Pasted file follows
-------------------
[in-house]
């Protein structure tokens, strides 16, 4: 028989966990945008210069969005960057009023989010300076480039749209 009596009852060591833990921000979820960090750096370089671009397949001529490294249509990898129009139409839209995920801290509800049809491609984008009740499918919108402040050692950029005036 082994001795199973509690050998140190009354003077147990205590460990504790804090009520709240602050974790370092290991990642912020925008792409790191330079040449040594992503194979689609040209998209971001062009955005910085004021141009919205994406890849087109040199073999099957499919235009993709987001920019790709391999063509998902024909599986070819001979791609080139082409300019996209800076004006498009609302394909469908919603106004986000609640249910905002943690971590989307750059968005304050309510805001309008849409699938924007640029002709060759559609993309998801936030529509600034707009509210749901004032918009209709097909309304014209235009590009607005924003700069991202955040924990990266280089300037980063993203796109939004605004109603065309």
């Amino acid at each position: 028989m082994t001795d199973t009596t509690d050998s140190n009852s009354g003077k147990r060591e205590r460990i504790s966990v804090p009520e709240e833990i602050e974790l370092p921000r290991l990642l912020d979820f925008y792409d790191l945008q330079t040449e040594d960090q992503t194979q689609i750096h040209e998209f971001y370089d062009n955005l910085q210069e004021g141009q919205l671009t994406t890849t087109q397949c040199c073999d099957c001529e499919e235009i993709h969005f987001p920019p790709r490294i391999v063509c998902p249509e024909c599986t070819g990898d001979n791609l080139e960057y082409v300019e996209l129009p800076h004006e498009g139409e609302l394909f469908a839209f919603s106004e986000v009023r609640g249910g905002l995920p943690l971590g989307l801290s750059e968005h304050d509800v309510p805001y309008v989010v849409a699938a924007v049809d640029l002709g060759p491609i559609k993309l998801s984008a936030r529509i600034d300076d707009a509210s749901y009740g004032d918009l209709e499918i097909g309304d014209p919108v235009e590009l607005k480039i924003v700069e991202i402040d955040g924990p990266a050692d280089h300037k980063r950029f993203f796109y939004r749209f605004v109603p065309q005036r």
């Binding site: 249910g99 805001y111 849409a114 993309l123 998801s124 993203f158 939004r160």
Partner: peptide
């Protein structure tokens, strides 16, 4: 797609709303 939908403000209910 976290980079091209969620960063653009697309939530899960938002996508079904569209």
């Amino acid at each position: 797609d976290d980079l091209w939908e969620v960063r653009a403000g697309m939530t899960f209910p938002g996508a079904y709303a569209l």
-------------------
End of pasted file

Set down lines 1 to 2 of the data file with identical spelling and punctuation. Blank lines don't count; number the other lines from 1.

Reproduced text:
[in-house]
């Protein structure tokens, strides 16, 4: 028989966990945008210069969005960057009023989010300076480039749209 009596009852060591833990921000979820960090750096370089671009397949001529490294249509990898129009139409839209995920801290509800049809491609984008009740499918919108402040050692950029005036 082994001795199973509690050998140190009354003077147990205590460990504790804090009520709240602050974790370092290991990642912020925008792409790191330079040449040594992503194979689609040209998209971001062009955005910085004021141009919205994406890849087109040199073999099957499919235009993709987001920019790709391999063509998902024909599986070819001979791609080139082409300019996209800076004006498009609302394909469908919603106004986000609640249910905002943690971590989307750059968005304050309510805001309008849409699938924007640029002709060759559609993309998801936030529509600034707009509210749901004032918009209709097909309304014209235009590009607005924003700069991202955040924990990266280089300037980063993203796109939004605004109603065309």